Original Publication Date
The Biophysical Journal
DOI of Original Publication
Date of Submission
Peptide toxins with disulfide-stabilized structures have been used as molecular calipers to probe the outer vestibule structure of K channels. We want to apply this approach to the human ether-a-go-go-related gene (HERG) channel, whose outer vestibule is unique in structure and function among voltage-gated K channels. Our focus here is BeKm-1, a HERG-specific peptide toxin that can suppress HERG in the low nM concentration range. Although BeKm-1 shares the three-dimensional scaffold with the well-studied charybdotoxin, the two use different mechanisms in suppressing currents through their target K channels. BeKm-1 binds near, but not inside, the HERG pore, and it is possible that BeKm-1-bound HERG channels can conduct currents although with markedly altered voltage-dependence and kinetics of gating. BeKm-1 and ErgTx1 differ in three-dimensional scaffold, but the two share mechanism of action and have overlapping binding sites on the HERG channel. For both, residues in the middle of the S5-P linker (the putative 583–597 helix) and residues at the pore entrance are critical for binding, although specific contact points vary between the two. Toxin foot printing using BeKm-1 and ErgTx1 will likely provide complementary information about the unique outer vestibule structure of the HERG channel.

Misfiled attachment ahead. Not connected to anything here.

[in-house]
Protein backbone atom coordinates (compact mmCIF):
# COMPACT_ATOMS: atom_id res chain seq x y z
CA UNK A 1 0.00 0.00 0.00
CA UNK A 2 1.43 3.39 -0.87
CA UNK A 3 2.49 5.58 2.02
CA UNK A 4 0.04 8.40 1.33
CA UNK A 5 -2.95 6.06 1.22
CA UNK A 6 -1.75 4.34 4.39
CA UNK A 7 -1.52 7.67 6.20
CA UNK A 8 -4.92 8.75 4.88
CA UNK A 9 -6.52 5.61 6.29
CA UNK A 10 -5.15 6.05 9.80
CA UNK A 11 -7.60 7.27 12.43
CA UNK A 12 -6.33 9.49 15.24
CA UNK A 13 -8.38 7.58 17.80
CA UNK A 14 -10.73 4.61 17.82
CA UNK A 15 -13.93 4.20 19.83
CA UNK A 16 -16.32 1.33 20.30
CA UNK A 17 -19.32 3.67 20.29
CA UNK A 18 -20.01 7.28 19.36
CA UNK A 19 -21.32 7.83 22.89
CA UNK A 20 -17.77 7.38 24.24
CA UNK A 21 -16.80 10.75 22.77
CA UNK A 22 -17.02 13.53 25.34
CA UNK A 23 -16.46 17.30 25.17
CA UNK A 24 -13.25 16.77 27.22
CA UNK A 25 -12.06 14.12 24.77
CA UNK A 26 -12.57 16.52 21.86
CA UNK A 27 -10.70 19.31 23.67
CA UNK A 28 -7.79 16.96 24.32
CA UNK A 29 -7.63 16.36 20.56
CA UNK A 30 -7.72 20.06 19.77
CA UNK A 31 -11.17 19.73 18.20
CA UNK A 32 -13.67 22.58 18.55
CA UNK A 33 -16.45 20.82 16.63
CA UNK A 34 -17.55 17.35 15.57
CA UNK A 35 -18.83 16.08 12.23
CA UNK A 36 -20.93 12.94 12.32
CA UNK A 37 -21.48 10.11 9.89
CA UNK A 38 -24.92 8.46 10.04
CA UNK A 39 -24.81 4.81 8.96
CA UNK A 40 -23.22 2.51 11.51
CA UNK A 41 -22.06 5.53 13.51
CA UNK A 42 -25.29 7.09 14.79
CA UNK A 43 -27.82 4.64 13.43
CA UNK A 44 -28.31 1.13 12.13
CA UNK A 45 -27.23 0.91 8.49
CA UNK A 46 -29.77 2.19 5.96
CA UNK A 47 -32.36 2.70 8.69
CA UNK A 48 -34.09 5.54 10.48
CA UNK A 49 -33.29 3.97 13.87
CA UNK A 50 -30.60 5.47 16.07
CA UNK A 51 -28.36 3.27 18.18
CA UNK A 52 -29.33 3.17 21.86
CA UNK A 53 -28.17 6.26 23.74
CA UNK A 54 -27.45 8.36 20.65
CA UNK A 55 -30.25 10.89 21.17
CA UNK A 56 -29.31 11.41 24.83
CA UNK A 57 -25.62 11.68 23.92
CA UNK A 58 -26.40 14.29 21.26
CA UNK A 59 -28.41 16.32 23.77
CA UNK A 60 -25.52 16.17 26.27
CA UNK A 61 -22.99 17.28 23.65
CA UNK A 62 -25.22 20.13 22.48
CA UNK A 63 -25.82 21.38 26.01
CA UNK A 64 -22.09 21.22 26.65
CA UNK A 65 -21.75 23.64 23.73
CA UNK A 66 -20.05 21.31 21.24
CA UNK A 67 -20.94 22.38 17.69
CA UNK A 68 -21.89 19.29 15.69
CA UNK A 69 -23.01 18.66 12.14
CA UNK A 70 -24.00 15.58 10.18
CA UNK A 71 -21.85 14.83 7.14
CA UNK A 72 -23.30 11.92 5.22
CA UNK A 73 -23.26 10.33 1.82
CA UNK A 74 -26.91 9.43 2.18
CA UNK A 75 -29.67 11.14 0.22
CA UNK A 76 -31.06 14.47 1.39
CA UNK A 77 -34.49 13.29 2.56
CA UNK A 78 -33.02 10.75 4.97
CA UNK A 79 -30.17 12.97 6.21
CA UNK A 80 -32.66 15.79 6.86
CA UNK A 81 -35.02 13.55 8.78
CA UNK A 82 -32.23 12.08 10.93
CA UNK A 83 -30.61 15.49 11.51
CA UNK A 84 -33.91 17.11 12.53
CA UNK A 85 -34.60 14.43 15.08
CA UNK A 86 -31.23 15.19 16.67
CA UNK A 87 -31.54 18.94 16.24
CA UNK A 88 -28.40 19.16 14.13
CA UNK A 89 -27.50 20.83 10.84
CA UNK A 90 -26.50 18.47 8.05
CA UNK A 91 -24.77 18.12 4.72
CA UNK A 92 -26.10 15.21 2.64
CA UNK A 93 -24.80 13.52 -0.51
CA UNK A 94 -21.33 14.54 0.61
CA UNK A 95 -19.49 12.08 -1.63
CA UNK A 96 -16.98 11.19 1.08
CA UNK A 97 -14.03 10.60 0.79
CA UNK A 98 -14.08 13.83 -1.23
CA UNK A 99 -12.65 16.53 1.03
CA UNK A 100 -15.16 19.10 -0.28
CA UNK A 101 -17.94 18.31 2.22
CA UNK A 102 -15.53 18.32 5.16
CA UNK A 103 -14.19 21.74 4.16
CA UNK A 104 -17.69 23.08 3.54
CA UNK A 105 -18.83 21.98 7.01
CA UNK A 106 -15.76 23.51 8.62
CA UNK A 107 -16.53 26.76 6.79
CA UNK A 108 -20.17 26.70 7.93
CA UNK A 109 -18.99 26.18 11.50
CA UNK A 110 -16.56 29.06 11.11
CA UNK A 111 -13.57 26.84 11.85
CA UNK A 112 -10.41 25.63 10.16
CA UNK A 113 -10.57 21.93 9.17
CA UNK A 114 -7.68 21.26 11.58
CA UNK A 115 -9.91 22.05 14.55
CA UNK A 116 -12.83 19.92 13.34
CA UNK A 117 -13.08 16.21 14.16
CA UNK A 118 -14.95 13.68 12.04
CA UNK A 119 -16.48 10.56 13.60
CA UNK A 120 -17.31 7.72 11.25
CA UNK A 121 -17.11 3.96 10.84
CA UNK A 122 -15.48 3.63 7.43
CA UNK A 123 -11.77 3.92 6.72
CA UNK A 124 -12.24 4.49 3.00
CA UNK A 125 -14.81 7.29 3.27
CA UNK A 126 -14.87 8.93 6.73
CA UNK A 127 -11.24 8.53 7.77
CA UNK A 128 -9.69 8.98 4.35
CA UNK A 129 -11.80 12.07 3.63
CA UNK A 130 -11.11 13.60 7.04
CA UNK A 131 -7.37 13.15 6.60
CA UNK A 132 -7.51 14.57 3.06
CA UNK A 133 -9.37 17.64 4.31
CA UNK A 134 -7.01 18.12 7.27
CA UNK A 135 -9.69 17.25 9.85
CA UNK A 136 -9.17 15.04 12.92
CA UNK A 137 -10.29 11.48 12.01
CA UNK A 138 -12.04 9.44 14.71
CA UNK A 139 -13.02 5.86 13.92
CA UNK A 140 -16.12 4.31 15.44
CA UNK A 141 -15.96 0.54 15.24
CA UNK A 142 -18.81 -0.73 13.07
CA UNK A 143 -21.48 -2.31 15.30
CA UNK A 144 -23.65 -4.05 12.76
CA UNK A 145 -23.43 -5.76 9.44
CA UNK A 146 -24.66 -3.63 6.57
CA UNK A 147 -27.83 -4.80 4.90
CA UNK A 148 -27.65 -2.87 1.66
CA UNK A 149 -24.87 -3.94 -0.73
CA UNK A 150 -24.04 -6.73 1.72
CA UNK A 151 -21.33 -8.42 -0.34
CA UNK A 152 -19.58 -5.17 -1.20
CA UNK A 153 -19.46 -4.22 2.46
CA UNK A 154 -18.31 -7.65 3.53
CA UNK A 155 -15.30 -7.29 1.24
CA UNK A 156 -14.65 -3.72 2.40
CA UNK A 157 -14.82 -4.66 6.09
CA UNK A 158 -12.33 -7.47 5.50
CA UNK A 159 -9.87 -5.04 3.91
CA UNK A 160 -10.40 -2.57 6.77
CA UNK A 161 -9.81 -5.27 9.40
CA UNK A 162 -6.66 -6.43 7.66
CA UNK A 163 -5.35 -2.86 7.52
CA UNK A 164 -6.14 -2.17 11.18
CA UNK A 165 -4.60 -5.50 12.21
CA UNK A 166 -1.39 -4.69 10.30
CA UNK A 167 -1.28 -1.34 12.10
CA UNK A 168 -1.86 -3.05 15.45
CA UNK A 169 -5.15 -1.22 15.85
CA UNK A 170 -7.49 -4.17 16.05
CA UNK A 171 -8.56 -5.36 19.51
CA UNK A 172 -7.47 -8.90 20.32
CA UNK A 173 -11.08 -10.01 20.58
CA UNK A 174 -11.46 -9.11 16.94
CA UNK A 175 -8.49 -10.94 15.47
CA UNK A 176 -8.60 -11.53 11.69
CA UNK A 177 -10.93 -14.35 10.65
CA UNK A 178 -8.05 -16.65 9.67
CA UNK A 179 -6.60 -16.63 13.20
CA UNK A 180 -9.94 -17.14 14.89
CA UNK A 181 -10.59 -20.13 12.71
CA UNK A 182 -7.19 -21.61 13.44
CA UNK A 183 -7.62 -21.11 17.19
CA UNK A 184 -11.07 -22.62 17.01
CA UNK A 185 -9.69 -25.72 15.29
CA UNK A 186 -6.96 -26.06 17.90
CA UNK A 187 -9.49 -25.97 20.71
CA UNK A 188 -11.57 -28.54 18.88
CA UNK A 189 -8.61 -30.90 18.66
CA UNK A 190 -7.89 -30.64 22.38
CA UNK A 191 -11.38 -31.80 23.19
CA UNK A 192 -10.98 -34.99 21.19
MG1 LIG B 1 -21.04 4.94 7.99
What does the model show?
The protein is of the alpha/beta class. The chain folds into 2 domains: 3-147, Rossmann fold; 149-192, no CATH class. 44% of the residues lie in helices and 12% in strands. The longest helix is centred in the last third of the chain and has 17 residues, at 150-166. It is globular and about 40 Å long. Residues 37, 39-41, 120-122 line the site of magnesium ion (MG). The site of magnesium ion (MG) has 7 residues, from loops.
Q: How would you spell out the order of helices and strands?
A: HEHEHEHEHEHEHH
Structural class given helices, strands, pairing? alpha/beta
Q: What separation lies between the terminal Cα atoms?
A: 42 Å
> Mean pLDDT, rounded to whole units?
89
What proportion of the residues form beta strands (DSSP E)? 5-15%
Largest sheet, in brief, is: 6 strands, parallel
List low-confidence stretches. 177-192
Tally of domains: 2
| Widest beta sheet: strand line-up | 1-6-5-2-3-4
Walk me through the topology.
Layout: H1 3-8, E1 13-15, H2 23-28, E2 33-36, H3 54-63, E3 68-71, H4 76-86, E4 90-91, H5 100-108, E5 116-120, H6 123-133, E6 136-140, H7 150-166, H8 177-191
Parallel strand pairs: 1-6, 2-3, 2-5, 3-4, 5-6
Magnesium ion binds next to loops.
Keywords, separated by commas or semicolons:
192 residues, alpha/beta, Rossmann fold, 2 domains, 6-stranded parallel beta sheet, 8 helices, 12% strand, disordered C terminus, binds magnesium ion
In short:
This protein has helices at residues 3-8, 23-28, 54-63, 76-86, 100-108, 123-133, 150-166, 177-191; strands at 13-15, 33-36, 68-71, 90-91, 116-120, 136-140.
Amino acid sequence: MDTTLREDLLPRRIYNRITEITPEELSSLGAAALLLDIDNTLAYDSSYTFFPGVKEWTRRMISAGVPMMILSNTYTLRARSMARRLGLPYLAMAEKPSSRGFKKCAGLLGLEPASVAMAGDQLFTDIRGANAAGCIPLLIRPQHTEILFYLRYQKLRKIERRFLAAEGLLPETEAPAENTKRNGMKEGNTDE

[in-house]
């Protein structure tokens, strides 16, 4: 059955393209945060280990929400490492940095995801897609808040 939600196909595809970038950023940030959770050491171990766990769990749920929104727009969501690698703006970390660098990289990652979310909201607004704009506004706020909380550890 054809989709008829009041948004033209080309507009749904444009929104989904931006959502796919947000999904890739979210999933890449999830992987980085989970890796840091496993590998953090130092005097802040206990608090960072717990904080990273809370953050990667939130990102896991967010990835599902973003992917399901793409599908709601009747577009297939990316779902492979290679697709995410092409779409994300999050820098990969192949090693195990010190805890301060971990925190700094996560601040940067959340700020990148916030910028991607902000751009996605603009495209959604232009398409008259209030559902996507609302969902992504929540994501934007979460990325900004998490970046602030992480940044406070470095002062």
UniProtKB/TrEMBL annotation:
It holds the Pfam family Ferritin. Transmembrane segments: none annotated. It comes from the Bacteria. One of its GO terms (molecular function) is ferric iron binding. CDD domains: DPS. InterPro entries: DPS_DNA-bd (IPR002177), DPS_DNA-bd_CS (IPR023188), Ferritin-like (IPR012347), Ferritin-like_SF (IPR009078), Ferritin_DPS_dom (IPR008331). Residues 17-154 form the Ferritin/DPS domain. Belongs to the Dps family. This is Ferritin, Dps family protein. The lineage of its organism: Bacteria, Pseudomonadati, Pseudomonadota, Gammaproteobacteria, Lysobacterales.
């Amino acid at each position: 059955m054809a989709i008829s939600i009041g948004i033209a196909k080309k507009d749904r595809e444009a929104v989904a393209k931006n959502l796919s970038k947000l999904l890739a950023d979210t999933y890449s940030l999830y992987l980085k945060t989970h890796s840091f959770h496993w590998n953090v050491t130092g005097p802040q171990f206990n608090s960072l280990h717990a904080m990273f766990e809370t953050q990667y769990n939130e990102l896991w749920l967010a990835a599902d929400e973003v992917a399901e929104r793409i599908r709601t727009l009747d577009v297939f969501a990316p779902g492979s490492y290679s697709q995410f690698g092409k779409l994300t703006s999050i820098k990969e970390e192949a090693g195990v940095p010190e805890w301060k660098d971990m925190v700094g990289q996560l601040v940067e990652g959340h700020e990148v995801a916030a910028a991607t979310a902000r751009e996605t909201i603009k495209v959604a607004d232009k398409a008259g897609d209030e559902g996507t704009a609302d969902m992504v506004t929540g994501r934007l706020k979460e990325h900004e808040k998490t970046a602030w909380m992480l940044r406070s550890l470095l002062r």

From The Biophysical Journal, Zhang, M., Korolkova, Y.V., Liu, M., et al., BeKm-1 Is a HERG-Specific Toxin that Shares the Structure with ChTx but the Mechanism of Action with ErgTx1, Vol. 84, Page 3022. Copyright © 2003 The Biophysical Society. Published by Elsevier Inc. Reprinted with permission.
Is Part Of
VCU Physiology and Biophysics Publications